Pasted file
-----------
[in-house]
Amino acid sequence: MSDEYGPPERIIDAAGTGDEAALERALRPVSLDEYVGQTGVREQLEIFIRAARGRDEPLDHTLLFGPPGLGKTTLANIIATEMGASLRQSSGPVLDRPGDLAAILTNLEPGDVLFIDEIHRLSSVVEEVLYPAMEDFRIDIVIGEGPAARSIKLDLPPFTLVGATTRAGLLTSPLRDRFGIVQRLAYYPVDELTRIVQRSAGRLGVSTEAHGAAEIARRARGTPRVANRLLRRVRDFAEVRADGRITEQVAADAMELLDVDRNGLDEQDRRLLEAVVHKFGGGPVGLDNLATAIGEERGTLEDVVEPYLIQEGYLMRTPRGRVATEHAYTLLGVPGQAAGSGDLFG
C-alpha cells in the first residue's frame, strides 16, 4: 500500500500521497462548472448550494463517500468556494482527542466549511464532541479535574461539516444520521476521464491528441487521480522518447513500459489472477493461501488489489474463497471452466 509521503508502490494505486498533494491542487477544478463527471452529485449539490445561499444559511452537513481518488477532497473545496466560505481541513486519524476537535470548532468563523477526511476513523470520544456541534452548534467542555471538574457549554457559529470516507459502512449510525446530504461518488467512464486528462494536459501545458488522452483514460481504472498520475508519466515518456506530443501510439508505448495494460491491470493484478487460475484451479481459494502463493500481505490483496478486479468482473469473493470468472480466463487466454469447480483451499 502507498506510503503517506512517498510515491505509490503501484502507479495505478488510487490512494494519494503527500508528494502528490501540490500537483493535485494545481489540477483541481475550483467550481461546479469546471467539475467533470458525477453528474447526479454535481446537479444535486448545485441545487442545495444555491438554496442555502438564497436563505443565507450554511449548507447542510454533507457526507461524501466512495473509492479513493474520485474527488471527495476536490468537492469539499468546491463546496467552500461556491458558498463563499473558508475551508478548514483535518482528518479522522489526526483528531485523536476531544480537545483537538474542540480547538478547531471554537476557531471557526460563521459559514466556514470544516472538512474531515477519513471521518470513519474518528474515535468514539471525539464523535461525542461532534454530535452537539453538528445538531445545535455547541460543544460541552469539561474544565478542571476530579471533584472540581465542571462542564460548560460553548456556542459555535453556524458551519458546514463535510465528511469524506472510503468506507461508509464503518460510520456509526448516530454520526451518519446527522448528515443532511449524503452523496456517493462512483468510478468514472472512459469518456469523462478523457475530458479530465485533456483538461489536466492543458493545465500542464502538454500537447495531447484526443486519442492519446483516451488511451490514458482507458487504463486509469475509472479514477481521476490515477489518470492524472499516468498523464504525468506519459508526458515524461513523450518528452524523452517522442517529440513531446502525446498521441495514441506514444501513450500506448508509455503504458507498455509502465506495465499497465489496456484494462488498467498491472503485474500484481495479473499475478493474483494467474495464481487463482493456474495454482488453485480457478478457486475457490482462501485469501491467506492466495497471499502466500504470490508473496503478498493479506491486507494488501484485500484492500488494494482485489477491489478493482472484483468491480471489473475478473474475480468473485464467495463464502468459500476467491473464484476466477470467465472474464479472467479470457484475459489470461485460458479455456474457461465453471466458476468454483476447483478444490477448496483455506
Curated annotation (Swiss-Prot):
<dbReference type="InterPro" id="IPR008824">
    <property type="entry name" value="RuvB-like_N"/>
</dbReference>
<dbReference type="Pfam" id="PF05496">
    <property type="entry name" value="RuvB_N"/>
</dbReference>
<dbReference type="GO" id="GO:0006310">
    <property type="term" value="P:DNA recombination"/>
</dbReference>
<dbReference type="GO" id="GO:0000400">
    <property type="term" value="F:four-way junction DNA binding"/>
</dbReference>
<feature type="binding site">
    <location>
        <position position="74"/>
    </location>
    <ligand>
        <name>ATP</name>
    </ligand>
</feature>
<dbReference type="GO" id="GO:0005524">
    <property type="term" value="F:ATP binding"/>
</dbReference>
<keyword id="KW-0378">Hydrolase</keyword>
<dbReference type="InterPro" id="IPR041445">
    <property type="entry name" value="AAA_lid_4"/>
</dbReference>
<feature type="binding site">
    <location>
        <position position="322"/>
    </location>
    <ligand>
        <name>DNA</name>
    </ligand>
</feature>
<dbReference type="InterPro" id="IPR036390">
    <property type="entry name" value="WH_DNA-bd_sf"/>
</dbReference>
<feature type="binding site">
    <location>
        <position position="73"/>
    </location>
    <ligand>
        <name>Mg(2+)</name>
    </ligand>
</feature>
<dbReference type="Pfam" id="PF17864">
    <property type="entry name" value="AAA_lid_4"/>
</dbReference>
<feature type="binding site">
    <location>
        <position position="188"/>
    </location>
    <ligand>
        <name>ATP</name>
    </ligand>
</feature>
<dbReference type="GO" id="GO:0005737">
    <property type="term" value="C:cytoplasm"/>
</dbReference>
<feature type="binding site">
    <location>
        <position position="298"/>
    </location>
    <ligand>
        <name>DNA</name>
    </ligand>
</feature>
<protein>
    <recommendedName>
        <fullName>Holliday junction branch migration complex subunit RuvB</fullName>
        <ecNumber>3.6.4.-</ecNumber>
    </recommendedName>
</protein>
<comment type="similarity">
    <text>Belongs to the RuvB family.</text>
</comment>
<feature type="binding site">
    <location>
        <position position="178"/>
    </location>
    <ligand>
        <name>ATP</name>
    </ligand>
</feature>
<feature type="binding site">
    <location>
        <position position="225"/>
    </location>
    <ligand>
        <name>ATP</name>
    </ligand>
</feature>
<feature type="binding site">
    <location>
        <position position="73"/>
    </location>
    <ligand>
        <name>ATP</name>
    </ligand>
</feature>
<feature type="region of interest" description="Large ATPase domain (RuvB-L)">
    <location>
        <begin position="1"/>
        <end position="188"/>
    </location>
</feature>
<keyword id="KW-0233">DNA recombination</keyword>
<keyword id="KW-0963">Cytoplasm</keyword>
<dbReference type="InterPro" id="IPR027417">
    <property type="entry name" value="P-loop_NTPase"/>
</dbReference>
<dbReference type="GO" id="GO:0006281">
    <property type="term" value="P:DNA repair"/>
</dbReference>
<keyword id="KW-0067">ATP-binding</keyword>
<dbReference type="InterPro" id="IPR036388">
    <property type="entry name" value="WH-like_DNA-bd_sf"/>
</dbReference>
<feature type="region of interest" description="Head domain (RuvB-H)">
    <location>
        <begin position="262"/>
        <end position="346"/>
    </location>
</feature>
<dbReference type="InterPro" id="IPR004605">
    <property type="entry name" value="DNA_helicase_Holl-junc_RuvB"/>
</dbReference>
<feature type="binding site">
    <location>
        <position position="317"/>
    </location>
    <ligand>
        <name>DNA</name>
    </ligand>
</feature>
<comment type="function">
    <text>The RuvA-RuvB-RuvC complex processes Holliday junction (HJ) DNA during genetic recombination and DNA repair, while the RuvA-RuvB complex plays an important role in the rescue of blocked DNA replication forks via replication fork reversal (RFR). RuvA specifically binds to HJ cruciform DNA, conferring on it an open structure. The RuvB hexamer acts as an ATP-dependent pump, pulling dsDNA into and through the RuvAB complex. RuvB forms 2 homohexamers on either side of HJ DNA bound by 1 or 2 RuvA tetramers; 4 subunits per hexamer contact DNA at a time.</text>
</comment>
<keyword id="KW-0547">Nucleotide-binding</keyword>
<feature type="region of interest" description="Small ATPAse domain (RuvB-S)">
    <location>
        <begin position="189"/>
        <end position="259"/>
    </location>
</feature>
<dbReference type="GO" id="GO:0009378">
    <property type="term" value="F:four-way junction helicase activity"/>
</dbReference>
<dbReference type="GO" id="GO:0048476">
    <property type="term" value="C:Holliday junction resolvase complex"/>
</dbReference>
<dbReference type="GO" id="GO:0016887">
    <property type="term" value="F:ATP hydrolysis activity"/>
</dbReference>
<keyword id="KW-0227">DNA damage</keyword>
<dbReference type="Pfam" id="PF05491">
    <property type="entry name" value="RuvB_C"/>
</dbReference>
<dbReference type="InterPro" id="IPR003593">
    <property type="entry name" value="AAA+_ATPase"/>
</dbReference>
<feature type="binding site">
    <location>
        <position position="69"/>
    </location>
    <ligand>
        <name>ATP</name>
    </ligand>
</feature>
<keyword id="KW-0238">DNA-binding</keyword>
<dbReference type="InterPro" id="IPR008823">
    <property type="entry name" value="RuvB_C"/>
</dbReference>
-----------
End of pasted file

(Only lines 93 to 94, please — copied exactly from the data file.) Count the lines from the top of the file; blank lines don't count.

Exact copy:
    </location>
    <ligand>